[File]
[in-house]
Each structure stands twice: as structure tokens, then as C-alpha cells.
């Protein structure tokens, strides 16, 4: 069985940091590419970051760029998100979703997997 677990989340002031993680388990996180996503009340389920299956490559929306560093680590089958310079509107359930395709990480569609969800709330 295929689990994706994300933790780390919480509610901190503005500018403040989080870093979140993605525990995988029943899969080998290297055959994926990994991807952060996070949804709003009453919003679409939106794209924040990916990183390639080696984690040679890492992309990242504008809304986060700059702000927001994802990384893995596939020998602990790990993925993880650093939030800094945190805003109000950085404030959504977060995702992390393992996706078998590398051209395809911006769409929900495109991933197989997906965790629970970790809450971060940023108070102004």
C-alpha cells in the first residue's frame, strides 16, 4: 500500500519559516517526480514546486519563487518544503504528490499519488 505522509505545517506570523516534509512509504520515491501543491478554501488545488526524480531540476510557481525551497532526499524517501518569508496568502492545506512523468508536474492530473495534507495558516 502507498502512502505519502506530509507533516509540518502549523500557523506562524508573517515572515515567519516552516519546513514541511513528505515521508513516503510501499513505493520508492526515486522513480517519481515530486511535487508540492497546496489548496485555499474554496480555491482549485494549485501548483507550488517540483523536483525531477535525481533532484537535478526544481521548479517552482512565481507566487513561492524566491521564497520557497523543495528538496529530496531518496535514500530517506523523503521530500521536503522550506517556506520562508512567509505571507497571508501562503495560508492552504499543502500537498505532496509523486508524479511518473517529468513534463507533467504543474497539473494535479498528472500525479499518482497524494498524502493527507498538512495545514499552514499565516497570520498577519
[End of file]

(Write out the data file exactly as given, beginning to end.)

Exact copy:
[in-house]
Each structure stands twice: as structure tokens, then as C-alpha cells.
């Protein structure tokens, strides 16, 4: 069985940091590419970051760029998100979703997997 677990989340002031993680388990996180996503009340389920299956490559929306560093680590089958310079509107359930395709990480569609969800709330 295929689990994706994300933790780390919480509610901190503005500018403040989080870093979140993605525990995988029943899969080998290297055959994926990994991807952060996070949804709003009453919003679409939106794209924040990916990183390639080696984690040679890492992309990242504008809304986060700059702000927001994802990384893995596939020998602990790990993925993880650093939030800094945190805003109000950085404030959504977060995702992390393992996706078998590398051209395809911006769409929900495109991933197989997906965790629970970790809450971060940023108070102004």
C-alpha cells in the first residue's frame, strides 16, 4: 500500500519559516517526480514546486519563487518544503504528490499519488 505522509505545517506570523516534509512509504520515491501543491478554501488545488526524480531540476510557481525551497532526499524517501518569508496568502492545506512523468508536474492530473495534507495558516 502507498502512502505519502506530509507533516509540518502549523500557523506562524508573517515572515515567519516552516519546513514541511513528505515521508513516503510501499513505493520508492526515486522513480517519481515530486511535487508540492497546496489548496485555499474554496480555491482549485494549485501548483507550488517540483523536483525531477535525481533532484537535478526544481521548479517552482512565481507566487513561492524566491521564497520557497523543495528538496529530496531518496535514500530517506523523503521530500521536503522550506517556506520562508512567509505571507497571508501562503495560508492552504499543502500537498505532496509523486508524479511518473517529468513534463507533467504543474497539473494535479498528472500525479499518482497524494498524502493527507498538512495545514499552514499565516497570520498577519